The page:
In what ways is ‘A Midsummer Night’s Dream’ a play of discord and disorder? Through out the play there are many examples of discord and disorder.
Many of these occasions appear through the relationships of the characters but often a single character has the ability to create immense confusion. Love is a common theme through out Shakespearian comedy and it is interesting in a Midsummer nights dream how the theme of love and relationships is often used to create discord and disorder. It is also apparent how the infusion of worlds creates extreme discord and disorder.Throughout the play two different world seem apparent, that of reality and that of dream.
The Fairy world falls into the dream category and it is the events that lead to the combining of these worlds that create, it seems, the majority of disorder through out the play. The fairies intervention into the lives of the human characters creates disorder with in the wood. The lovers complete confusion and uncertainty coupled with Bottoms introduction in the fairy world appears both disruptive to both reality and dream and causes much discord amongst the characters.The first example we see of discord is in the relationship between Hermia and her father Egeus.
At the start of the play Egeus explains “Full of vexation come I with complaint” (1. 1) he is referring to Hermia’s decision not marry Demetrius, the man chosen to be her husband. This has deeply angered Egeus especially as Hermia has announced her plans to marry Lysander who he feels is an intolerable suitor. Egeus whilst explaining the problem to Theseus, the duke of Athens, even exclaims, “As she is mine, I may dispose of her; which shall be to this gentleman or to her death.
” (1. 1)His willingness to put his daughter to death highlights the intense discord in there relationship. It has a bearing on the play as a whole as with out this sense of discord other events such as Hermia and Lysander deciding to elope, would not have taken place. Discord again is hinted at in the relationship between Theseus and his wife Hippolyta.
The couple had previously been at war and were married following Hippolyta’s defeat. There is a suggestion that the marriage was forced which in turn creates a sense of disunity between the pair.There is evidence to suggest that Hippolyta isagrees with her husbands actions through out the play appearing open minded and concerned about Hermia’s treatment at the beginning of the play. It is also apparent how she appears concerned at the embarrassment of the craftsmen during their play in the final scenes.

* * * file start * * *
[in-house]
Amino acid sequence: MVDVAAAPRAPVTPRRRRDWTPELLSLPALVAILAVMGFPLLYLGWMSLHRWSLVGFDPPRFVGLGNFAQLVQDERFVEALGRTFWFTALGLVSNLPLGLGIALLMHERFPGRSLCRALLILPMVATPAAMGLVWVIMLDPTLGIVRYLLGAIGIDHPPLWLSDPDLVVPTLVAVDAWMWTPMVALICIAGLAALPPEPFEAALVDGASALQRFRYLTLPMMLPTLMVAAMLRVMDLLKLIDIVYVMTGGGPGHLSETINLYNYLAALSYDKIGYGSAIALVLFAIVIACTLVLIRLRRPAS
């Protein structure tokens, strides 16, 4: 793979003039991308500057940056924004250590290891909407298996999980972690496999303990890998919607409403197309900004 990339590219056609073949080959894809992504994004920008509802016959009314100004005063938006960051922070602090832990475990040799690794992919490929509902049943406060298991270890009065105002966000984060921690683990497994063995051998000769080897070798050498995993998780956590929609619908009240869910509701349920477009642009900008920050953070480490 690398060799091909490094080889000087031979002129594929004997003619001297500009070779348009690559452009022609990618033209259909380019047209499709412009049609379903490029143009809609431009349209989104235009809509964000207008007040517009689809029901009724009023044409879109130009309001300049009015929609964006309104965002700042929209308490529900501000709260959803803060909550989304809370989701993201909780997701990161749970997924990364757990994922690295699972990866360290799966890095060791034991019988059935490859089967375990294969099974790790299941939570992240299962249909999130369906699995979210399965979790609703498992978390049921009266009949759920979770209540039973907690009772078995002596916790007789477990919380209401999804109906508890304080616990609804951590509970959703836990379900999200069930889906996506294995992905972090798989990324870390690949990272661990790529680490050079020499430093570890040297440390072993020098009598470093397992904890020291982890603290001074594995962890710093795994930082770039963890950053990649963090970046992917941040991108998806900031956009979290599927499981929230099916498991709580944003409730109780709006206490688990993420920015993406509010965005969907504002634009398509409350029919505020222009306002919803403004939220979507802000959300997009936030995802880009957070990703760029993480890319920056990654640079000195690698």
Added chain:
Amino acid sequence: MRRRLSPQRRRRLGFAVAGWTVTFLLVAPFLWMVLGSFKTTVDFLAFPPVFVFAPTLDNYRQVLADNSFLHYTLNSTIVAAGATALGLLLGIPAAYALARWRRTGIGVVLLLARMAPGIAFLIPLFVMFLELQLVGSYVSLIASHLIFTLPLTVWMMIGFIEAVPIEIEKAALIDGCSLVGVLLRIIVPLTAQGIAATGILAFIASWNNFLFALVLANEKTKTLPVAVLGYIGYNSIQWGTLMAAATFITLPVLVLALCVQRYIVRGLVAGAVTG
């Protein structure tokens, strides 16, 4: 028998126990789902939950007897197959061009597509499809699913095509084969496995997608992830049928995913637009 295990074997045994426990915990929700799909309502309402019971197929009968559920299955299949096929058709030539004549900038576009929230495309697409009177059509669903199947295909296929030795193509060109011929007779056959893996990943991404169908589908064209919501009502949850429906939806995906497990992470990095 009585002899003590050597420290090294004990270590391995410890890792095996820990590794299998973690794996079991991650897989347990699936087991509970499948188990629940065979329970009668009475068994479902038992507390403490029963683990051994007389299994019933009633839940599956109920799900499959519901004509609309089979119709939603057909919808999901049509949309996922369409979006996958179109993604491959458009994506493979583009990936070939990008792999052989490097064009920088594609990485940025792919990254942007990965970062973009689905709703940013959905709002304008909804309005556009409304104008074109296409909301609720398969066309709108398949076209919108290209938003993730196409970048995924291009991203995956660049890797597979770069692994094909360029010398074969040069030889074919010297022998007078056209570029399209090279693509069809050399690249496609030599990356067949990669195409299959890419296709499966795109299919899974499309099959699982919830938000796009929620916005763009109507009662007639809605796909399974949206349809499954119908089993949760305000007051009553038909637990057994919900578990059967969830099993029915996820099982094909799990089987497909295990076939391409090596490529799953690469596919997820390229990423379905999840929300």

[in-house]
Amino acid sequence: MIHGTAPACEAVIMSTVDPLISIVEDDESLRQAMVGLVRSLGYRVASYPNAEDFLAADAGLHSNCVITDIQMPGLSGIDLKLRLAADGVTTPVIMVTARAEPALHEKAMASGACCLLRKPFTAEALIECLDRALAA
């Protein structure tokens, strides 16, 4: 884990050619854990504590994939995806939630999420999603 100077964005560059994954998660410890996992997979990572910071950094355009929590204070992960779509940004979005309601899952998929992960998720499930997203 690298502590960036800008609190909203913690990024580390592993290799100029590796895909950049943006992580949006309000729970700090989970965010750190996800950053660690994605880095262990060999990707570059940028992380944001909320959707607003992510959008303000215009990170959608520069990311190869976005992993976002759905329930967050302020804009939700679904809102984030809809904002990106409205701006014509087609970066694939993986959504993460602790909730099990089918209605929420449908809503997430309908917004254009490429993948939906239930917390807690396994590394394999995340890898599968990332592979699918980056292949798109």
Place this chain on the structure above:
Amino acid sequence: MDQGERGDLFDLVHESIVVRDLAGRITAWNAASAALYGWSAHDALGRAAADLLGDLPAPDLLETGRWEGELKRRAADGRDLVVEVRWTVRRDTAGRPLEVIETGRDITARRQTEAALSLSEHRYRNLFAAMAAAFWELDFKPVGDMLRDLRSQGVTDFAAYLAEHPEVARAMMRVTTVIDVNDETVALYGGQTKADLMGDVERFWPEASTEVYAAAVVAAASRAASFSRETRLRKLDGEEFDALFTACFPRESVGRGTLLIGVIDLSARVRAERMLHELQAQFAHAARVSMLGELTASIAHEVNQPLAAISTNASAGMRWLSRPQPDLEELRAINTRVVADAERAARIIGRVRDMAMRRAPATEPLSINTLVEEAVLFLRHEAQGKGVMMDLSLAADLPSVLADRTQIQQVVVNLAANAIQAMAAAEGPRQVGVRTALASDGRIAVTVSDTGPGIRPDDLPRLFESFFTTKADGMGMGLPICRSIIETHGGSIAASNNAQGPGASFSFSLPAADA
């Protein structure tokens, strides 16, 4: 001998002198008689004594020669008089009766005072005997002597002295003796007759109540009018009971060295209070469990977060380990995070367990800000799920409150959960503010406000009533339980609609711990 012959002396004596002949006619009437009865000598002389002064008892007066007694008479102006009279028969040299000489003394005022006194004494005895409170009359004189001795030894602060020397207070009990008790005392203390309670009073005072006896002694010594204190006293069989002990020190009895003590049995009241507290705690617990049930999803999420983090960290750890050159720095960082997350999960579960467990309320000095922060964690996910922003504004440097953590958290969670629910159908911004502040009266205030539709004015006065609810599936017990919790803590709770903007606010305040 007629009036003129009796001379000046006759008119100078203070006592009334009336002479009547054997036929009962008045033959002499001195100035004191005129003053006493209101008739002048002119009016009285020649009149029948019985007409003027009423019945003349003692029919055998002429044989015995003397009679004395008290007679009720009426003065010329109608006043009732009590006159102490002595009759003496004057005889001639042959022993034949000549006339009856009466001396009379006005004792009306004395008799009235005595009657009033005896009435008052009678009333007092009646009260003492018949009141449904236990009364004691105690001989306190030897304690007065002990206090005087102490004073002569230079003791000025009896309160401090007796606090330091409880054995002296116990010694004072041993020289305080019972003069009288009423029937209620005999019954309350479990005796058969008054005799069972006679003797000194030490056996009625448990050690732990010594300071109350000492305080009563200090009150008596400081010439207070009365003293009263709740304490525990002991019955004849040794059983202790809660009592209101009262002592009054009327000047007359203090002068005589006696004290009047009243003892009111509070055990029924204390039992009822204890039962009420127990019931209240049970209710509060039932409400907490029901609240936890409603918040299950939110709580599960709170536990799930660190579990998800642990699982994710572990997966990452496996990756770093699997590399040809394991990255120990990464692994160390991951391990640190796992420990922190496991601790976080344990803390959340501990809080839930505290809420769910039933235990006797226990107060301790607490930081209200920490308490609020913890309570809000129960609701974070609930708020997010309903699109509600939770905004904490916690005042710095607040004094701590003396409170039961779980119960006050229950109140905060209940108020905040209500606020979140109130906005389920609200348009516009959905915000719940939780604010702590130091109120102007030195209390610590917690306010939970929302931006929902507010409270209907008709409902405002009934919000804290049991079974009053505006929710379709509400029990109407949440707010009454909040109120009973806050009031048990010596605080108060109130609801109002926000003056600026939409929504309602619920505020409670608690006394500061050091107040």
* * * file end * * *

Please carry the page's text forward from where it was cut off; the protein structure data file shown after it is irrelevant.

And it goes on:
” I love not to see wretchedness o’ercharged; and duty in his service perishing. ” (Hippolyta 5. 1) This again provides evidence that the relationship is perhaps not as genuine as it may seem. Discord and disorder is seen particularly in the relationship between Oberon and Titania, which through out the play affects the atmosphere and the lives of those round them.
There is of course a great sense of disunity between the married couple who are King and Queen of the Fairies. When we first see the characters they are involved in a hostile argument about a young boy. “Give me that boy and I will go with thee”, “Not for thy kingdom, fairies away: we shall chide down right, if I longer stay. ” (Oberon and Titania 2.
1). This appears towards the end of the first scene in which we see them; the fact that Titania feels the need to leave lest the argument continues signifies an intense sense of discord and disunity between them.This is also pparent through Oberon’s need to control Titania and the lengths at which he is willing to go to gain this control. “I’ll make her render up her page to me.
” (Oberon 2. 1. ) The couples disagreement however serves as far more than a simple argument between lovers. The entire fairy world is disrupted by their behaviour and the dark and electric weather it creates sets the scene for the majority of the play.
The weather in itself creates disorder amongst the characters in particular the lovers. Much of there time in the wood is spent searching for one another and in utter confusion.Much of this is added to through the weather, that creates an almost electric, mystical feel to the wood and general atmosphere of the play. Towards the end as the couples go too sleep in the wood they are surrounded by darkness which adds to there anger and confusion.
This creation of disorder and discord amongst the characters serves to create an even happier ending on the couples reuniting. Amongst the couple’s relationships discord is also apparent.There is from the very beginning an obvious disunity between Lysander and Demetrius as they both seek the same girls affections. You have her fathers love Demetrius, let me have Hermia” (Lysander 1.
1) this obvious sharp remark is representative of their relationship as a whole “Hang off thou cat, thou burr; vile thing let loose, or I shall shake thee from me like a serpent. ” (Lysander to Demetrius 3. 2. ) This relationship in turn reflects on the conflict between Hermia and Demetrius.
When Hermia awakes in the wood and finds Lysander missing she immediately accuses Demetrius of murder and is infuriated by his constant seemingly undying affections for her. We also see discord between Helena and the other characters.We see the first signs of real conflict after Helena has informed Demetrius of Hermia and Lysander’s plans to elope. Helena who is infatuated with Demetrius attempts to pursue him through out the play as he searches for the eloping couple.